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Coal India to shut 37 mines this fiscal year - sources

NEW DELHI (Reuters) - Coal India Ltd plans to shut 37 underground mines by the end of this fiscal year, two company officials said, despite unions’ plans to strike for three days this month if the decision is not withdrawn.

A labourer works inside a coal yard on the outskirts of Ahmedabad, India April 6, 2017. REUTERS/Amit Dave/File Photo

The coal workers unions, which say they represent more than 400,000 employees of Coal India and closely-held Singareni Collieries Ltd, last month called for a withdrawal of plans to close coal mines and merge the coal miners’ provident fund with the employees’ provident fund, among other things.

The move will lead to the redeployment of about 11,000 workers, who will be transferred to open-cast mines that need greater labour and produce more coal, one of the officials said, adding that the company is negotiating terms with the unions.

“Quite a number of these mines are incurring huge losses, and their production is miniscule. So, Coal India is looking to close mines that are not profitable,” the official said.

Coal India operates 413 mines, of which 207 are underground, 176 are open cast and 30 are mixed.

One of the unions which is close to Prime Minister Narendra Modi’s party and says it has the support of about half of Coal India’s workers, said it is negotiating with the company.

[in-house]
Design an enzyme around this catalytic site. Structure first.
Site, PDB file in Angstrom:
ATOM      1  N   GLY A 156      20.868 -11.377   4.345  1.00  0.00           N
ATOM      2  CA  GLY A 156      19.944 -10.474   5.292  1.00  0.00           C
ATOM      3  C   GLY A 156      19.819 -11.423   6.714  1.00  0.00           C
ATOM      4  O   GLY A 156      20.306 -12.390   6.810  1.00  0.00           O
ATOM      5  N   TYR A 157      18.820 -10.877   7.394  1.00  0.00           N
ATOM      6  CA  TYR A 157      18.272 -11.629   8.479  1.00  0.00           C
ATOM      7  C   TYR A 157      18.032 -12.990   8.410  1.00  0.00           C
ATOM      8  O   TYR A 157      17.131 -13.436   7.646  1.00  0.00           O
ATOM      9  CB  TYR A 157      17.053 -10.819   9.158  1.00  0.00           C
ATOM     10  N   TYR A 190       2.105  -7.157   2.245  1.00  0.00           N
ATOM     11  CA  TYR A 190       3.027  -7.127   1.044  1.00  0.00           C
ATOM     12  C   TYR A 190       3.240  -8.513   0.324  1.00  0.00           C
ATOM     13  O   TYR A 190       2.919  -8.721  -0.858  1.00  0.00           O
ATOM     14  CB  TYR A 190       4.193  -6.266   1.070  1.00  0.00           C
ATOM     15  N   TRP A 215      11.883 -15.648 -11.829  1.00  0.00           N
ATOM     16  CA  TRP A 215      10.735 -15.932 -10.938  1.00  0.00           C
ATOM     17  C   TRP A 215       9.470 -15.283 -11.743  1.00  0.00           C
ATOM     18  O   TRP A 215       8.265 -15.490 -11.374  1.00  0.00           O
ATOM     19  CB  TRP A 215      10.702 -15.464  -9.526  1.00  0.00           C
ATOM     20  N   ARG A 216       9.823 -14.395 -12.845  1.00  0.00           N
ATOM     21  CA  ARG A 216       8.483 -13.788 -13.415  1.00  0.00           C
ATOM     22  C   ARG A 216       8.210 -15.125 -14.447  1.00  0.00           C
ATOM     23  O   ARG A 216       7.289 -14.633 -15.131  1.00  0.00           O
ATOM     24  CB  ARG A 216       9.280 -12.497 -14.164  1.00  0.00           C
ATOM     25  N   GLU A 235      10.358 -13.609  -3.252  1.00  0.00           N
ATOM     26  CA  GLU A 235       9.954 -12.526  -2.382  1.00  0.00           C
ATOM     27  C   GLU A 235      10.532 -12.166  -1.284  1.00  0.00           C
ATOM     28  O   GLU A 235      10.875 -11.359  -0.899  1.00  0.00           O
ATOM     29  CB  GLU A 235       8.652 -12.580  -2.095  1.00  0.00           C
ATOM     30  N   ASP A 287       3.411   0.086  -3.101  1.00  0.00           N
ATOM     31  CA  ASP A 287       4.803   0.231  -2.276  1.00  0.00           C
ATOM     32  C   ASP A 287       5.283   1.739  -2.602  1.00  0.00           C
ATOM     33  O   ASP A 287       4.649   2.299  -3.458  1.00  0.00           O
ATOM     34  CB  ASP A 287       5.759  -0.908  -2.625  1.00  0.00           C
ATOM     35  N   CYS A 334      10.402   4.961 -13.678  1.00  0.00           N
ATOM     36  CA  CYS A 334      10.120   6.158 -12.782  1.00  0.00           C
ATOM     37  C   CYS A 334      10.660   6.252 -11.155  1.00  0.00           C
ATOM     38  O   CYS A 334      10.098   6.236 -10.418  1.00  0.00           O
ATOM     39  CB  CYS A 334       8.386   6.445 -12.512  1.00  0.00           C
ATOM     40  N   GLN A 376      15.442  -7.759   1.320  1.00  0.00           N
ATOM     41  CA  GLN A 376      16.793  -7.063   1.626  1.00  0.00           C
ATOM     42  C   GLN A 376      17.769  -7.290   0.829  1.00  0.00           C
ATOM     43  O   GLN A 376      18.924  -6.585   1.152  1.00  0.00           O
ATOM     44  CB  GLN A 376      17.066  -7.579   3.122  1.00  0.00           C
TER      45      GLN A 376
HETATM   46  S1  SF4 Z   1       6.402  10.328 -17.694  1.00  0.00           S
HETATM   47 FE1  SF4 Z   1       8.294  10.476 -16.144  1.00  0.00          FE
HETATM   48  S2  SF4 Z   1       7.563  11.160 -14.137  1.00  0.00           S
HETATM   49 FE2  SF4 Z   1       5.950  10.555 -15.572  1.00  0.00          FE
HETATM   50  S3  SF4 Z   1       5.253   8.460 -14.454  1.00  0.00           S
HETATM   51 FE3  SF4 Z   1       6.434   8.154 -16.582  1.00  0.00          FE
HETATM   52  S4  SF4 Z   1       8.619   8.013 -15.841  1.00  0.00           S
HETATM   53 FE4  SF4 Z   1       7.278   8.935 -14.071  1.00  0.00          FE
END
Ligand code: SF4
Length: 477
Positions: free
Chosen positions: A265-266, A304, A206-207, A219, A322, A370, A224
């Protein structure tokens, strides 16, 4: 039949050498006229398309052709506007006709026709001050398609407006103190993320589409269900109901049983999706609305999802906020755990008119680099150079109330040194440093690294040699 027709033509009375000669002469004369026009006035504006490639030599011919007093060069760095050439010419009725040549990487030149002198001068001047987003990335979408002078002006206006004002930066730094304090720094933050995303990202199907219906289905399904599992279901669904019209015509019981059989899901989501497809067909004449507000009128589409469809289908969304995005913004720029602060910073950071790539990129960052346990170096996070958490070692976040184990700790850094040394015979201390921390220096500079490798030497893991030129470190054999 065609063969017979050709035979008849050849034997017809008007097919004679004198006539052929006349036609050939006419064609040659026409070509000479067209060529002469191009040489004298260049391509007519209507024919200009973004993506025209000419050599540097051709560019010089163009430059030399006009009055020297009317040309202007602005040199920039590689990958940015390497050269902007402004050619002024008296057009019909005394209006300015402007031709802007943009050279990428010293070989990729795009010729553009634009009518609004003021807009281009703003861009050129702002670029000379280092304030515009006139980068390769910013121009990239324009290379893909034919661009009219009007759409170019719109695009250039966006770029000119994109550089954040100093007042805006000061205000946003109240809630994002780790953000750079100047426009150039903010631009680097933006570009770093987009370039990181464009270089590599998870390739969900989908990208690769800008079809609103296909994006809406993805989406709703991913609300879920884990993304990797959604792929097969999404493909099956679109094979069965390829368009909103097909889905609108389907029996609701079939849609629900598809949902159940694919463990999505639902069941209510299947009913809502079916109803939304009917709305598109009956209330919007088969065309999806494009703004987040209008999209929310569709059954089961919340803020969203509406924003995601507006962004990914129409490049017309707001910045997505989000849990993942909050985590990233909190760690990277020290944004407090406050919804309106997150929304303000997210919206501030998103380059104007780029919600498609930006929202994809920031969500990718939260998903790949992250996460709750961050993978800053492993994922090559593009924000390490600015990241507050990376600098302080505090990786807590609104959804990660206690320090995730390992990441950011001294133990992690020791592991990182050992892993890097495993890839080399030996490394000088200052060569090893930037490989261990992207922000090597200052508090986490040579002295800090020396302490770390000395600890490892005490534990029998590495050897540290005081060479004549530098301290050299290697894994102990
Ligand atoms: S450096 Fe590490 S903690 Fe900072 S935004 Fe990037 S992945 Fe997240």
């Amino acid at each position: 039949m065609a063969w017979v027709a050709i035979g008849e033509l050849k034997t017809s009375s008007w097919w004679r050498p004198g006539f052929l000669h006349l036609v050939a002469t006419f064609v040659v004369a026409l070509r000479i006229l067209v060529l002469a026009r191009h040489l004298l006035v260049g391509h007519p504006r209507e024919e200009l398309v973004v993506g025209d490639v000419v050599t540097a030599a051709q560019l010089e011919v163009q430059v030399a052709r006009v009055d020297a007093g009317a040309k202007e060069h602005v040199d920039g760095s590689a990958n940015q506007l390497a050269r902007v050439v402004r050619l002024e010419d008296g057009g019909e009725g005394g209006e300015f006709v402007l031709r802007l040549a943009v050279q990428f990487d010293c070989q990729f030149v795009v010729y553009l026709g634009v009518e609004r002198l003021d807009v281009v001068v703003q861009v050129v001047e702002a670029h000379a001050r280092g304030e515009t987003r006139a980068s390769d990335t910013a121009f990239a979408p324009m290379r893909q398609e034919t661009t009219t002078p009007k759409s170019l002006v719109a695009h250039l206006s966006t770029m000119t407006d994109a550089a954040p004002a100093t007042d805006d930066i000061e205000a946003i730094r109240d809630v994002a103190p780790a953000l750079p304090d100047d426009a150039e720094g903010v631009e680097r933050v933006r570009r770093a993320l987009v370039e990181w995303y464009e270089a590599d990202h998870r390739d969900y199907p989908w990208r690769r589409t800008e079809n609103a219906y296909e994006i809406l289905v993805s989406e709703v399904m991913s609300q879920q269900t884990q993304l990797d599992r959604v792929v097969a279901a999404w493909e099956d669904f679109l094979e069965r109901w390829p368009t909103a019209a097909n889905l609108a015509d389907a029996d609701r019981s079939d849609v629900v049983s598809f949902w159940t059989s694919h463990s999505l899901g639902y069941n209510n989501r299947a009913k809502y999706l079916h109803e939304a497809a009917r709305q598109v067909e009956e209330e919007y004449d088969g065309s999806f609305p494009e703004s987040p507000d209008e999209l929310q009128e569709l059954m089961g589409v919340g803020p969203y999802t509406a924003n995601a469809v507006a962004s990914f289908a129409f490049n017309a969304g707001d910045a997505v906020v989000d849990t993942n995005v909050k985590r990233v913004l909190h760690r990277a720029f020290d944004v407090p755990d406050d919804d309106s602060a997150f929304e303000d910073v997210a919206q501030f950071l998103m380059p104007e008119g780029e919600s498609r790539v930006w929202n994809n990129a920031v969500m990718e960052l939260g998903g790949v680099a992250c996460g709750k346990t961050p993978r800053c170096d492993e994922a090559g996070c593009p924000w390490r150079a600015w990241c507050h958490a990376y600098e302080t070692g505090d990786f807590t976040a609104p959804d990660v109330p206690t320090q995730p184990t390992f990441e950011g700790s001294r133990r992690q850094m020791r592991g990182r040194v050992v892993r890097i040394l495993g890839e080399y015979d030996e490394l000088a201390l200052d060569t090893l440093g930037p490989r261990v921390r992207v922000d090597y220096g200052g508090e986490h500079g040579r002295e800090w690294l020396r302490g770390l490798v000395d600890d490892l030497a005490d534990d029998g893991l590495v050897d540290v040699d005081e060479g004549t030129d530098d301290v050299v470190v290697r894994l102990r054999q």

“We will jointly close non-profitable underground mines with Coal India once we get favourable terms and more clarity on how workers are going to be redeployed,” said Basant Kumar Rai, vice president of Bharatiya Mazdoor Sangh (BMS).

BMS was one among the five unions which signed a letter seeking seven demands including the withdrawal of mine closure plans. Another union Hind Mazdoor Sabha said it is sticking to its anti-mine closure stance. The other three unions were not immediately for comment.

A Coal India spokesman was unavailable for comment.

State-run Coal India, which has reported lower profit in the last four quarters due to high costs, recently slashed its annual coal production target by a tenth due to low demand.

The world’s largest coal miner, which accounts for over 80 percent of the country’s coal production, produced an average of 1.42 tonnes of coal per day in June last year.

Reporting by Sudarshan Varadhan, editing by David Evans